It’s also worth noting that successful creation of a circular economy for plastics includes policy to drive action. The U.S. Pact supports extended producer responsibility (EPR), deposit return systems and PCR mandates. The U.S. Pact is also assessing the critical details of policy, including eco-modulation as part of an EPR program and mandatory recycled content that requires or incentivizes the use and certification of post-consumer recycled content.

The supply of post-consumer recycled plastics generated through an increased recycling rate per Target 3 will also help the U.S. Pact Activators to meet the Target 4 obligations.

Bringing the pieces together

The U.S. Plastics Pact is undertaking research in 2022 to develop a strategy for the achievement of Target 4 by the priority resins and formats, including analyzing model scenarios, key challenges, attention to food contact requirements and actions needed, all in line with Target 2.

It is increasingly critical that the work of the U.S. Pact run deep within each Activator as the organization implements the Roadmap to 2025. Building the circular economy rests on each of us thinking differently, constructively critiquing why we do things the way we do and asking ourselves if there is a more efficient solution.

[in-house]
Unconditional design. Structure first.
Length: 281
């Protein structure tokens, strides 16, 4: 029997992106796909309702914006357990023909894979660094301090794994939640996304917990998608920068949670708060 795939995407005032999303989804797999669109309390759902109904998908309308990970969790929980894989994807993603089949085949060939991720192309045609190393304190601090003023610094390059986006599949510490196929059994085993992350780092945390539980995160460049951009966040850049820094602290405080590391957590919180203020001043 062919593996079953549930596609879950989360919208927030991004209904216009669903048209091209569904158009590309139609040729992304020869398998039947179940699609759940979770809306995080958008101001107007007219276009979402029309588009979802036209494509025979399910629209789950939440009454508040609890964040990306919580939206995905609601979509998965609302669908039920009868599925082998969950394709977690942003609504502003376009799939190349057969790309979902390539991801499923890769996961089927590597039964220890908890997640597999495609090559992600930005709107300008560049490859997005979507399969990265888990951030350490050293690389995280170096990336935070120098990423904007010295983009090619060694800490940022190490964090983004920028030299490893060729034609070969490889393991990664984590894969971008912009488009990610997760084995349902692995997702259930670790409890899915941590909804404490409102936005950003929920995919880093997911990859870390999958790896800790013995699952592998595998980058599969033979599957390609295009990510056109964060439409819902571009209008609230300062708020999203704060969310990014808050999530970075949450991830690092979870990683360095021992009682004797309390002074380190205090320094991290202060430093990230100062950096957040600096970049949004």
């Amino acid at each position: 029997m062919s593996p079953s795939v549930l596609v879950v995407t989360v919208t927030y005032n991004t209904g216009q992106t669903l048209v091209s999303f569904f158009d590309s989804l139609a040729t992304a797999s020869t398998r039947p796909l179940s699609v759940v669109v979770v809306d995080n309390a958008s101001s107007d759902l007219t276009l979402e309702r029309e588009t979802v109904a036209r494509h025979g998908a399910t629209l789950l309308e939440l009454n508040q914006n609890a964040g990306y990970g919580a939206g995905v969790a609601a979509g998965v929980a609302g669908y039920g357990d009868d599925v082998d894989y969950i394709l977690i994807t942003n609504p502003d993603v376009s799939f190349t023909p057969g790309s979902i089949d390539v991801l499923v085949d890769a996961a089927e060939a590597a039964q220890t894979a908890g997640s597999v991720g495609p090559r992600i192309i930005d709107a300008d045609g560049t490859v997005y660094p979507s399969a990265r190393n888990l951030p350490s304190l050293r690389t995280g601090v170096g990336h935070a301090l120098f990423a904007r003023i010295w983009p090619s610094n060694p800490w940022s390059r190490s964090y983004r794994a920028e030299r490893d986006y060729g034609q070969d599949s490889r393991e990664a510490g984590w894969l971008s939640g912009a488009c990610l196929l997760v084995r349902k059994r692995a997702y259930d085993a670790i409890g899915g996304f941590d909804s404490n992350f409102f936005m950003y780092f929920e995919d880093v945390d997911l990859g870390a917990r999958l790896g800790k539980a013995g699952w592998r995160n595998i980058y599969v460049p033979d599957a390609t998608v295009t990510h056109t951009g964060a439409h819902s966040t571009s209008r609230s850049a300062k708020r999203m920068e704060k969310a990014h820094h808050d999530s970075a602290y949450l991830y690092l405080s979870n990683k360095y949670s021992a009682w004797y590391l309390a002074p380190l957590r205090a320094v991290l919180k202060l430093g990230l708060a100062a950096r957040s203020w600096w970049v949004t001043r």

The U.S. Pact calls on each and every business that is part of the U.S. plastic packaging value chain to join us.


Emily Tipaldo is executive director of the U.S. Plastics Pact and can be contacted at [email protected].

The U.S. Pact was launched in August 2020 by The Recycling Partnership and World Wildlife Fund. The U.S. Plastics Pact is part of the Ellen MacArthur Foundation’s Plastics Pact Network, which connects national and regional organizations around the world working to implement solutions toward a circular economy for plastic.

This article appeared in the March 2022 issue of Resource Recycling. Subscribe today for access to all print content.